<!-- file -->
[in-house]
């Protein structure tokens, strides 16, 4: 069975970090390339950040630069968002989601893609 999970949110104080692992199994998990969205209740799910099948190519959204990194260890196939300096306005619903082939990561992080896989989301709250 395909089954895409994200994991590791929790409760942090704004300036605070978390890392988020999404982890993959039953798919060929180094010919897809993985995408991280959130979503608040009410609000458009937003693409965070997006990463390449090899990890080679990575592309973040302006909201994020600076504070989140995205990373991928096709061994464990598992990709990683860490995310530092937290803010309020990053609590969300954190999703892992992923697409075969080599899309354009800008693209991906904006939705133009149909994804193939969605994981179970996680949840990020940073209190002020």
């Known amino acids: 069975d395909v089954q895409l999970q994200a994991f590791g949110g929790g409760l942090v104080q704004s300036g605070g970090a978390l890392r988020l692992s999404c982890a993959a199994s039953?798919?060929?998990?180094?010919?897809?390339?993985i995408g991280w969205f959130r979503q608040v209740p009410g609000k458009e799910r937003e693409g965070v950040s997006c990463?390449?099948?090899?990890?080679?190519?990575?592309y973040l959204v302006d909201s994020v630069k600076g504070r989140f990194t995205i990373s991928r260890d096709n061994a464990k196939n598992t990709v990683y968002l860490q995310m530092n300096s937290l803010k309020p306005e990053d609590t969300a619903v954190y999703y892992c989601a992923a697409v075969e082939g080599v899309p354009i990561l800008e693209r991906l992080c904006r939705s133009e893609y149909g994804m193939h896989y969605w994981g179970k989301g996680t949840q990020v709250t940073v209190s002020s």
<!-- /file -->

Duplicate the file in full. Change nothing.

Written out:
[in-house]
């Protein structure tokens, strides 16, 4: 069975970090390339950040630069968002989601893609 999970949110104080692992199994998990969205209740799910099948190519959204990194260890196939300096306005619903082939990561992080896989989301709250 395909089954895409994200994991590791929790409760942090704004300036605070978390890392988020999404982890993959039953798919060929180094010919897809993985995408991280959130979503608040009410609000458009937003693409965070997006990463390449090899990890080679990575592309973040302006909201994020600076504070989140995205990373991928096709061994464990598992990709990683860490995310530092937290803010309020990053609590969300954190999703892992992923697409075969080599899309354009800008693209991906904006939705133009149909994804193939969605994981179970996680949840990020940073209190002020």
């Known amino acids: 069975d395909v089954q895409l999970q994200a994991f590791g949110g929790g409760l942090v104080q704004s300036g605070g970090a978390l890392r988020l692992s999404c982890a993959a199994s039953?798919?060929?998990?180094?010919?897809?390339?993985i995408g991280w969205f959130r979503q608040v209740p009410g609000k458009e799910r937003e693409g965070v950040s997006c990463?390449?099948?090899?990890?080679?190519?990575?592309y973040l959204v302006d909201s994020v630069k600076g504070r989140f990194t995205i990373s991928r260890d096709n061994a464990k196939n598992t990709v990683y968002l860490q995310m530092n300096s937290l803010k309020p306005e990053d609590t969300a619903v954190y999703y892992c989601a992923a697409v075969e082939g080599v899309p354009i990561l800008e693209r991906l992080c904006r939705s133009e893609y149909g994804m193939h896989y969605w994981g179970k989301g996680t949840q990020v709250t940073v209190s002020s």